Bleed—Printing or art that goes all the way to the edge of the paper, seeming to run off of the sheet. Printers create bleeds by printing on sheets larger than the trim size, then cutting away the edges. This creates the illusion that the press printed to the very edge of the sheet. The bleed width, or actual paper size the printer is using, should be visible in the page templates so you can create bleeds when desired. Pages shift on press during printing. If you do not provide enough bleed, something you want to bleed will just end up hanging there.
Gutter-width—The line or fold where facing pages meet. This will vary depending on whether you are stitching or binding the magazine and on the number of pages. Without consideration for gutter-width, facing pages will look closer together in some places in the magazine and farther apart in others. The printer should be able to provide this specification. Trim size, bleed width, and gutter-width should be incorporated into page templates.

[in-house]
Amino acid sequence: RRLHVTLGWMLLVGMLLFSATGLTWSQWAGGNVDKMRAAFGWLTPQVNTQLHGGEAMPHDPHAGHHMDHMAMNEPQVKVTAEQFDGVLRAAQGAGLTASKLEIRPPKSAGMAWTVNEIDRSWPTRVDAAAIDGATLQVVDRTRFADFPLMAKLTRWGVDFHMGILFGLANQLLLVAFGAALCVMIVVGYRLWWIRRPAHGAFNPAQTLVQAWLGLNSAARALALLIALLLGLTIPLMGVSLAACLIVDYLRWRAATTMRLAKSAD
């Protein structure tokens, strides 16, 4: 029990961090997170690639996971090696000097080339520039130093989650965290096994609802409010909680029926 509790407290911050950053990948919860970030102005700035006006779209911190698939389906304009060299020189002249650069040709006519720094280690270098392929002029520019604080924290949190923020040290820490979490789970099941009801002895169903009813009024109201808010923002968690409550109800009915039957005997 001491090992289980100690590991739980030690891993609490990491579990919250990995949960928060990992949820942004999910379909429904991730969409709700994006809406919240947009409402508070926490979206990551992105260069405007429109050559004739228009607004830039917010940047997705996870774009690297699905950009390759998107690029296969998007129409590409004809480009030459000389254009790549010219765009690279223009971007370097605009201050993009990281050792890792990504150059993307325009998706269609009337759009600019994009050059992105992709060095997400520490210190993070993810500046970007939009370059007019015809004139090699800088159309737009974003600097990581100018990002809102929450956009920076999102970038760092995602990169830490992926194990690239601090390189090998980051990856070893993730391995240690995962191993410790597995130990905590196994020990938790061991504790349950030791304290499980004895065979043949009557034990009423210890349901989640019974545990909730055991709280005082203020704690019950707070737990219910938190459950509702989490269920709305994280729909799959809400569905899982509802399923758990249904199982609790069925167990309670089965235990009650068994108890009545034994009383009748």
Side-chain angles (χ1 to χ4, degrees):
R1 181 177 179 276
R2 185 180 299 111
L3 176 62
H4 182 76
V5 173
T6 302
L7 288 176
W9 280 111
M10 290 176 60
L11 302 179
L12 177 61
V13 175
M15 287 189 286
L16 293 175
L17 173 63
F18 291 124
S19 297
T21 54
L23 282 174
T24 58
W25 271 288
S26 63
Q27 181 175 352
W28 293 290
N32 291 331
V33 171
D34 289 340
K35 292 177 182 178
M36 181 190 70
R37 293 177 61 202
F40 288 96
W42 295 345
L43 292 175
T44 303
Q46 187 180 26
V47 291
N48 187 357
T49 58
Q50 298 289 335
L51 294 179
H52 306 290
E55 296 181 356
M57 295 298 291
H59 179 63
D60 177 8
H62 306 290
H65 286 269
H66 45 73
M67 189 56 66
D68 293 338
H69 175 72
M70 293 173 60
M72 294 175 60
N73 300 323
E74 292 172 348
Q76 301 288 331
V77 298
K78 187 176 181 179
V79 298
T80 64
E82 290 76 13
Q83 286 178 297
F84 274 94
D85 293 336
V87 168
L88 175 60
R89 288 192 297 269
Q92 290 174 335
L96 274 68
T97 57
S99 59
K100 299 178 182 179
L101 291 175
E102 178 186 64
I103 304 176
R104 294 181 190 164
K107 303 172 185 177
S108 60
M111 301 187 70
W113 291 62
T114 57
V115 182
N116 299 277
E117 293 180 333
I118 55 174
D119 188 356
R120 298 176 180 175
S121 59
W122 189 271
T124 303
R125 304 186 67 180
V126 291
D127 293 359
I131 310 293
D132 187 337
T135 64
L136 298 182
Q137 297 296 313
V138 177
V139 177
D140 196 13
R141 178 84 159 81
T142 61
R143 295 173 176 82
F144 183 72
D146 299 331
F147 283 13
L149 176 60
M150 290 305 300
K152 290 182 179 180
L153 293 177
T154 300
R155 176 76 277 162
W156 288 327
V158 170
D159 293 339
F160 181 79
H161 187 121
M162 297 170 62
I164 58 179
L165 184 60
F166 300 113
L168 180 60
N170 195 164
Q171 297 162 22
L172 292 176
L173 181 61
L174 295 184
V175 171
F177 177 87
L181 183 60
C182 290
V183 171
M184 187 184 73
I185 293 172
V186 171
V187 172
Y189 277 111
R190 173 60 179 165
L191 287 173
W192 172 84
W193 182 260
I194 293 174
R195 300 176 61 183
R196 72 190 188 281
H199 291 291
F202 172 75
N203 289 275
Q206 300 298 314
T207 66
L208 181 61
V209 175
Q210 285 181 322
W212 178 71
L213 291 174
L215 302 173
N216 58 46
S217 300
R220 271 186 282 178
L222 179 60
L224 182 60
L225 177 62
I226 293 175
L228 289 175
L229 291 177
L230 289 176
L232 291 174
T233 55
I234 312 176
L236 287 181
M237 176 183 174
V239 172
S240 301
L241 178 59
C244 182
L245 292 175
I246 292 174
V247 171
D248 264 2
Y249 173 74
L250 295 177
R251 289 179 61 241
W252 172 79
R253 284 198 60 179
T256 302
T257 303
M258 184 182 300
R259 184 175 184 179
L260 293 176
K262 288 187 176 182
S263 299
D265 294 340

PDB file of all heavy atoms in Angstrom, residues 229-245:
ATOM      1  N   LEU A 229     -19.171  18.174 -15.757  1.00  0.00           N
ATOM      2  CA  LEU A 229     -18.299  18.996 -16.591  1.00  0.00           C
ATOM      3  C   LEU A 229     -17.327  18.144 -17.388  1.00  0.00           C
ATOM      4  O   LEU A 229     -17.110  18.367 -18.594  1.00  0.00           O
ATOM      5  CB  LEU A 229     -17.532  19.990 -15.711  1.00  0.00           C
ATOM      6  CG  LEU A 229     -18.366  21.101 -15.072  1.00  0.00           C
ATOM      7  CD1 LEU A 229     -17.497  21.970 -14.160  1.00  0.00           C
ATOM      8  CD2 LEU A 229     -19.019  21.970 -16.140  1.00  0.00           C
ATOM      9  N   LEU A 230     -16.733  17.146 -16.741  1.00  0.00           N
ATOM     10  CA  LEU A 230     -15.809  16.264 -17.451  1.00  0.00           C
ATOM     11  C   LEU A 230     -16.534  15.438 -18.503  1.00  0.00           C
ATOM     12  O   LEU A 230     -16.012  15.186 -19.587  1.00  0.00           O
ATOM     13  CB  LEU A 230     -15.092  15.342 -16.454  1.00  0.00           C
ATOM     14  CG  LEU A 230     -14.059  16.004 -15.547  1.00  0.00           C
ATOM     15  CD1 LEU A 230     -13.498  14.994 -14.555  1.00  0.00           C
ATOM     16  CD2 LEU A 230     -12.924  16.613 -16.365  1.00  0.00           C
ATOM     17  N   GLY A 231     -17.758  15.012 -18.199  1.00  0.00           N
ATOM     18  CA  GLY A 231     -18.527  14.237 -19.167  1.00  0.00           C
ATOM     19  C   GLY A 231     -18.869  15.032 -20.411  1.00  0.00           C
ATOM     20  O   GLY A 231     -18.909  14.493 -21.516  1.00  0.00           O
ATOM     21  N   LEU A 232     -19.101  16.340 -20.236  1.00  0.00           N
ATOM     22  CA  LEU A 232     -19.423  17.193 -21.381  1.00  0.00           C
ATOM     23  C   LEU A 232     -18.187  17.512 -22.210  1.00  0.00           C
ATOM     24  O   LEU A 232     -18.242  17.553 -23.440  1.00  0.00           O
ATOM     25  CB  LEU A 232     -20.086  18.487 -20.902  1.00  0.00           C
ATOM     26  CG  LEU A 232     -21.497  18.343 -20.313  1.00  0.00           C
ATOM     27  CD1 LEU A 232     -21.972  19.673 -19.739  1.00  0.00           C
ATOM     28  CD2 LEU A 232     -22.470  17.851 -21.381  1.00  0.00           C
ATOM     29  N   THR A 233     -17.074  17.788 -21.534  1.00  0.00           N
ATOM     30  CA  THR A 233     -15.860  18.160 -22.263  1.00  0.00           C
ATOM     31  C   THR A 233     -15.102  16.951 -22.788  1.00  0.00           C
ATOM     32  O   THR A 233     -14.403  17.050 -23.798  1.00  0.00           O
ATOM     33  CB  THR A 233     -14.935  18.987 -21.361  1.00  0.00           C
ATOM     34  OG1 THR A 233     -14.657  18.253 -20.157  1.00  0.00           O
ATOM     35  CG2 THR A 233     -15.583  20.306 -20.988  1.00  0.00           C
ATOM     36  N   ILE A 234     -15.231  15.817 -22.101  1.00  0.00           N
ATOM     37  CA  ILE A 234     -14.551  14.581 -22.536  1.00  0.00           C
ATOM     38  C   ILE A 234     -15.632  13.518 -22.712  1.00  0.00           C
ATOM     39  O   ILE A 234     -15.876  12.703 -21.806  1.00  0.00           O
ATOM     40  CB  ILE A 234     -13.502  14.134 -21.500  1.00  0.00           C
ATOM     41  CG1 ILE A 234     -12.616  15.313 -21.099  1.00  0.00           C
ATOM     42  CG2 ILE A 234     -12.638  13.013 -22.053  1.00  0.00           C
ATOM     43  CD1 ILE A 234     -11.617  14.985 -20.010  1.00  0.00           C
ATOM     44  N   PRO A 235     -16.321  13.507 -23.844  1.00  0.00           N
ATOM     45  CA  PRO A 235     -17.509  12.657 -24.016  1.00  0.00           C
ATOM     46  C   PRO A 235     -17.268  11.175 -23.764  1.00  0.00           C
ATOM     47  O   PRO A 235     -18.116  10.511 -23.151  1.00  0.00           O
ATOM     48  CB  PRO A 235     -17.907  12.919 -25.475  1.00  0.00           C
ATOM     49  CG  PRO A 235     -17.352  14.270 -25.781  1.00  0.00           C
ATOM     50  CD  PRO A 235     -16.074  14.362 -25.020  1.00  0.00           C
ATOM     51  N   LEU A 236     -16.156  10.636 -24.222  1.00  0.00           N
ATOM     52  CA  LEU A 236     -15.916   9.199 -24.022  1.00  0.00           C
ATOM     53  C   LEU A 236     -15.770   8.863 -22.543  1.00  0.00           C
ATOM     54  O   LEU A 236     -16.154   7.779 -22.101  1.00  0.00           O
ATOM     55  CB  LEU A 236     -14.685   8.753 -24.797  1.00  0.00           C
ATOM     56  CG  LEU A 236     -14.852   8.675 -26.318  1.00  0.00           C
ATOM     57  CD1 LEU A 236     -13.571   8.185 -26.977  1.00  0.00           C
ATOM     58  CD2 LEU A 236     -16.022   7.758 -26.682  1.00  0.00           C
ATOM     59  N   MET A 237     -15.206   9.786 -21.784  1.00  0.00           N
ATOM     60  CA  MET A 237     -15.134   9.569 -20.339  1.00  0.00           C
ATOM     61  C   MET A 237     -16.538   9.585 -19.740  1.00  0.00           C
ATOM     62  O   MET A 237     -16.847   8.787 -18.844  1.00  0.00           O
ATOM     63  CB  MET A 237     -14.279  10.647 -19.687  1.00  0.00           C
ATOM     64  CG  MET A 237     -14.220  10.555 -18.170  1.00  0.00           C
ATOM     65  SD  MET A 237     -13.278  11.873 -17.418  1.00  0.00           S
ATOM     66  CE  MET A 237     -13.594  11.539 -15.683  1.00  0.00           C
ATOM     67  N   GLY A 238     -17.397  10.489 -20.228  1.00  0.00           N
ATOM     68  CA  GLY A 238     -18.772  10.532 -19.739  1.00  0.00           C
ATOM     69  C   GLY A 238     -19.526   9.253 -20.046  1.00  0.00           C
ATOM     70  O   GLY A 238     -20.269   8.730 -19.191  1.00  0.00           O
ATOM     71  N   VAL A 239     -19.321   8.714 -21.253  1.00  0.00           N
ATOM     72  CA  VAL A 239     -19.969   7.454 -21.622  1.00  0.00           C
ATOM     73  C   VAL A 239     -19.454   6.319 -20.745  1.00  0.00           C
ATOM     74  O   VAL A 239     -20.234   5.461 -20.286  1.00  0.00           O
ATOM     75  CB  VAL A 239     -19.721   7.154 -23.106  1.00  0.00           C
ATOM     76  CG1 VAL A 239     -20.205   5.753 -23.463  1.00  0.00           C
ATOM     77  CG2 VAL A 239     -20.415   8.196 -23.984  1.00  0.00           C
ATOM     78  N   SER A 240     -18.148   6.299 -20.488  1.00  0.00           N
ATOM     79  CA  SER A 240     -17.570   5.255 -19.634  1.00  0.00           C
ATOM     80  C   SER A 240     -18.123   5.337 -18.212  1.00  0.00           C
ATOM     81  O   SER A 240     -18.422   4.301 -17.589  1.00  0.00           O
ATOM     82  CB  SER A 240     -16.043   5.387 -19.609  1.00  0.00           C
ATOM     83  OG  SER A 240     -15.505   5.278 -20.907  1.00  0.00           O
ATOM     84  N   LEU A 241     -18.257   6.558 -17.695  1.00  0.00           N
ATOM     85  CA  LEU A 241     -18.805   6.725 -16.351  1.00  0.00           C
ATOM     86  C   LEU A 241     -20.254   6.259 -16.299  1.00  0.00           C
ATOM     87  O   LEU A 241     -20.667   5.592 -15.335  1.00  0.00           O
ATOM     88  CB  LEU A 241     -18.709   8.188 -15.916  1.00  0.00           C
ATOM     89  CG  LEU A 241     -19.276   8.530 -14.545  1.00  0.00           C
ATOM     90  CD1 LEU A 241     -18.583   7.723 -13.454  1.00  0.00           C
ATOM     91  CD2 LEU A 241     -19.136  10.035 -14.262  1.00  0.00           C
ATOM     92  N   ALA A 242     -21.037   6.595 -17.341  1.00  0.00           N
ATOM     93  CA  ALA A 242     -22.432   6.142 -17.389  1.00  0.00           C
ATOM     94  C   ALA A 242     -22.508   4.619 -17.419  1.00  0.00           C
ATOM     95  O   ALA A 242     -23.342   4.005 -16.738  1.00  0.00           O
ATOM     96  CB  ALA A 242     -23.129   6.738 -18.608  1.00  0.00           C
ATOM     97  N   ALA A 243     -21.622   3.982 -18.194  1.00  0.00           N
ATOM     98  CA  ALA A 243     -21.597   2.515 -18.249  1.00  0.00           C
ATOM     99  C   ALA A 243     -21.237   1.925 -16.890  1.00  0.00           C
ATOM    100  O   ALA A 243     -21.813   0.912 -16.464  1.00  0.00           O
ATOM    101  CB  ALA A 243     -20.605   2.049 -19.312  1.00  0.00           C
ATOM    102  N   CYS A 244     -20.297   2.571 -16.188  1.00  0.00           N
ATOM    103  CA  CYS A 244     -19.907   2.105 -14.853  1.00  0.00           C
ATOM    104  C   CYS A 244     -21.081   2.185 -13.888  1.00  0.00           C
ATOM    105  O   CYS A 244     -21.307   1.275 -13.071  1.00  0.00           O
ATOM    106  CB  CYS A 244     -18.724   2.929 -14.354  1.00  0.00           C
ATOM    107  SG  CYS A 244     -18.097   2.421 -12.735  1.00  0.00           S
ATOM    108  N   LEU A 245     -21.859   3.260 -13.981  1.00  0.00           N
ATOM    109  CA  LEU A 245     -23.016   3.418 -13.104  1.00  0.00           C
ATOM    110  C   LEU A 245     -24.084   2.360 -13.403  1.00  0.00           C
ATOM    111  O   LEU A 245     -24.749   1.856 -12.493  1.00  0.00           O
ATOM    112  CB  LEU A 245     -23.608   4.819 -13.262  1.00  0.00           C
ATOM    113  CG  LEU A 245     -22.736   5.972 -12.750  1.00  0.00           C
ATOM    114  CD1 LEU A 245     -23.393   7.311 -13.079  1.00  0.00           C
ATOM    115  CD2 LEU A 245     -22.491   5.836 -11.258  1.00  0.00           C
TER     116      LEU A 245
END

Spine-width—If your magazine will be perfect-bound, you will need to know the appropriate spine-width for the number of pages that will fit inside the cover. If the spine-width is large enough, you can put text on it.
Design Phase of Desktop Publishing
A lovely tutorial by About.com that links out to endless number of resources on layout/conceptualization, color, font and image selection, etc.
Is there such a things as Perfect Page Layout?
An excellent summary of things to think about in page layout.
Color Meanings and Colors that Go Together
About harmonizing, complimentary and constrasting colors. Also includes information about color groups.
How Color Works
A group of links that discuss all aspects of colors.
Perfect Proportions - Using Page Margins in Desktop Publishing
A simple guide to the 3 rules of thumb in deciding page margins.
Top 4 Steps to Perfect Publications for Non-Designers
Mostly geared to small business owners, but some of the principles are still applicable.
Top 5 Design Disasters to Avoid
Basic guildelines that will help make your publication look professional.
Glossary of Desktop Publishing Terms
A - Z terminology of desktop publishing.
More coming soon.